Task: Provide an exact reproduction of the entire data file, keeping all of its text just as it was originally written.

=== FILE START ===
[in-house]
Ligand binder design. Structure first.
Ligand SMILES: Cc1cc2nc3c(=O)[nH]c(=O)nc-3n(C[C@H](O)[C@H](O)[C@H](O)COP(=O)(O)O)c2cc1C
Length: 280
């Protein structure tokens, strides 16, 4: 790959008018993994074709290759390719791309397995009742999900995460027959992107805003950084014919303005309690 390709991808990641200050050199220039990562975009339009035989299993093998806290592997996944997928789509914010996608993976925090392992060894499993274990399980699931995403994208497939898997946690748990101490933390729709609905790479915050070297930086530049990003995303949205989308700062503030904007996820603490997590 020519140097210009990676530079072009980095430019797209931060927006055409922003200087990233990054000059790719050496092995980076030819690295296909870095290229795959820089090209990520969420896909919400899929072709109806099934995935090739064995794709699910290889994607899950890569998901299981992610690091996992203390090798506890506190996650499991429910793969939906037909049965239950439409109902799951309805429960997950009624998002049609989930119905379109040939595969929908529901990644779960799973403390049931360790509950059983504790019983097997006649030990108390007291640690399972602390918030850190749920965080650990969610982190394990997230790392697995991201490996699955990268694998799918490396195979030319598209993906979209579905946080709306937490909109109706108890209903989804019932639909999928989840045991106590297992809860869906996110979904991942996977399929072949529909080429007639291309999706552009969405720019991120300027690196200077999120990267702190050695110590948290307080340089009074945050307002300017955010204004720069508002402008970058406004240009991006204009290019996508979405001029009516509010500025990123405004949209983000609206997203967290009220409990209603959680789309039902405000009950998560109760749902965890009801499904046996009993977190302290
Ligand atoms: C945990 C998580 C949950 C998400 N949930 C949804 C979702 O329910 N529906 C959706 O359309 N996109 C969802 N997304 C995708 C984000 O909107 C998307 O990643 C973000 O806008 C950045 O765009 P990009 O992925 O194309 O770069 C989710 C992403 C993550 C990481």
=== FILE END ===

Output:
[in-house]
Ligand binder design. Structure first.
Ligand SMILES: Cc1cc2nc3c(=O)[nH]c(=O)nc-3n(C[C@H](O)[C@H](O)[C@H](O)COP(=O)(O)O)c2cc1C
Length: 280
């Protein structure tokens, strides 16, 4: 790959008018993994074709290759390719791309397995009742999900995460027959992107805003950084014919303005309690 390709991808990641200050050199220039990562975009339009035989299993093998806290592997996944997928789509914010996608993976925090392992060894499993274990399980699931995403994208497939898997946690748990101490933390729709609905790479915050070297930086530049990003995303949205989308700062503030904007996820603490997590 020519140097210009990676530079072009980095430019797209931060927006055409922003200087990233990054000059790719050496092995980076030819690295296909870095290229795959820089090209990520969420896909919400899929072709109806099934995935090739064995794709699910290889994607899950890569998901299981992610690091996992203390090798506890506190996650499991429910793969939906037909049965239950439409109902799951309805429960997950009624998002049609989930119905379109040939595969929908529901990644779960799973403390049931360790509950059983504790019983097997006649030990108390007291640690399972602390918030850190749920965080650990969610982190394990997230790392697995991201490996699955990268694998799918490396195979030319598209993906979209579905946080709306937490909109109706108890209903989804019932639909999928989840045991106590297992809860869906996110979904991942996977399929072949529909080429007639291309999706552009969405720019991120300027690196200077999120990267702190050695110590948290307080340089009074945050307002300017955010204004720069508002402008970058406004240009991006204009290019996508979405001029009516509010500025990123405004949209983000609206997203967290009220409990209603959680789309039902405000009950998560109760749902965890009801499904046996009993977190302290
Ligand atoms: C945990 C998580 C949950 C998400 N949930 C949804 C979702 O329910 N529906 C959706 O359309 N996109 C969802 N997304 C995708 C984000 O909107 C998307 O990643 C973000 O806008 C950045 O765009 P990009 O992925 O194309 O770069 C989710 C992403 C993550 C990481």